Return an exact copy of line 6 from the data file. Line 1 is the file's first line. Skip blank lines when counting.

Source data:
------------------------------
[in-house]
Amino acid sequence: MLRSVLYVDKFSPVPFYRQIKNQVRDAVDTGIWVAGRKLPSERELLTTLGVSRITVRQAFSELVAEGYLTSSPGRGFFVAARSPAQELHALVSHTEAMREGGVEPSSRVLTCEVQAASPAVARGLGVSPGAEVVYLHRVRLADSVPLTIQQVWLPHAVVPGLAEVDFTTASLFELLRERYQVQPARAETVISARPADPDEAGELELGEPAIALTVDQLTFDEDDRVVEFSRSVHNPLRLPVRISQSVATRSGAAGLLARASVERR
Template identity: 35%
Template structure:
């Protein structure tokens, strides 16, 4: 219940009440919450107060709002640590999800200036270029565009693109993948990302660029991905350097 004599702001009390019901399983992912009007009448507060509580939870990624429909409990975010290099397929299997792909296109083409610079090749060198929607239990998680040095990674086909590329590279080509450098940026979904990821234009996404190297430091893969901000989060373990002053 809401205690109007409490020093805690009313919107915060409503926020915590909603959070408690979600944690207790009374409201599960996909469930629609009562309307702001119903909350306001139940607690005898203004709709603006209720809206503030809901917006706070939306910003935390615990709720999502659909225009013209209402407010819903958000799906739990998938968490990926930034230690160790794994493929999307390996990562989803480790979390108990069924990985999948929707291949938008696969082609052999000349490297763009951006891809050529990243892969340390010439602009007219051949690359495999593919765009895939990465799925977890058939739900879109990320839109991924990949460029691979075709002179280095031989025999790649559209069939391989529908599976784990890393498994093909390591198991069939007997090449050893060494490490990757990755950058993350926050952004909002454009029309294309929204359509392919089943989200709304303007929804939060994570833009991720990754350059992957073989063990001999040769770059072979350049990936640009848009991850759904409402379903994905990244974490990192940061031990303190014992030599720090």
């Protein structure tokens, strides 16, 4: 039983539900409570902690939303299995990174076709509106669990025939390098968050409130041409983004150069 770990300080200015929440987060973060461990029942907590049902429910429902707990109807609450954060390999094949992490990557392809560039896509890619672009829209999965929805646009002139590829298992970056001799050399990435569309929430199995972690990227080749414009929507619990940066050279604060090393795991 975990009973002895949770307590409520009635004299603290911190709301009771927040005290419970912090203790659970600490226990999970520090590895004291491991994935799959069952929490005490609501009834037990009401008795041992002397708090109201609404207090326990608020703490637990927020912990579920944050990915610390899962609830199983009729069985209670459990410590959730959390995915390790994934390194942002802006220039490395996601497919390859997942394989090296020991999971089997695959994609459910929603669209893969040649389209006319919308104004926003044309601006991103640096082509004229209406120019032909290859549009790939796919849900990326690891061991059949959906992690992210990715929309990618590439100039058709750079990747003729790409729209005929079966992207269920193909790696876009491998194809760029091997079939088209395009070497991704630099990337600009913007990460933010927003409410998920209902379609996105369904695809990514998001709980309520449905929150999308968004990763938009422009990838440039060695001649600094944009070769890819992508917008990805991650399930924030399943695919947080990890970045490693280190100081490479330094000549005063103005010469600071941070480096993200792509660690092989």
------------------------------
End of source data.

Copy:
């Protein structure tokens, strides 16, 4: 039983539900409570902690939303299995990174076709509106669990025939390098968050409130041409983004150069 770990300080200015929440987060973060461990029942907590049902429910429902707990109807609450954060390999094949992490990557392809560039896509890619672009829209999965929805646009002139590829298992970056001799050399990435569309929430199995972690990227080749414009929507619990940066050279604060090393795991 975990009973002895949770307590409520009635004299603290911190709301009771927040005290419970912090203790659970600490226990999970520090590895004291491991994935799959069952929490005490609501009834037990009401008795041992002397708090109201609404207090326990608020703490637990927020912990579920944050990915610390899962609830199983009729069985209670459990410590959730959390995915390790994934390194942002802006220039490395996601497919390859997942394989090296020991999971089997695959994609459910929603669209893969040649389209006319919308104004926003044309601006991103640096082509004229209406120019032909290859549009790939796919849900990326690891061991059949959906992690992210990715929309990618590439100039058709750079990747003729790409729209005929079966992207269920193909790696876009491998194809760029091997079939088209395009070497991704630099990337600009913007990460933010927003409410998920209902379609996105369904695809990514998001709980309520449905929150999308968004990763938009422009990838440039060695001649600094944009070769890819992508917008990805991650399930924030399943695919947080990890970045490693280190100081490479330094000549005063103005010469600071941070480096993200792509660690092989």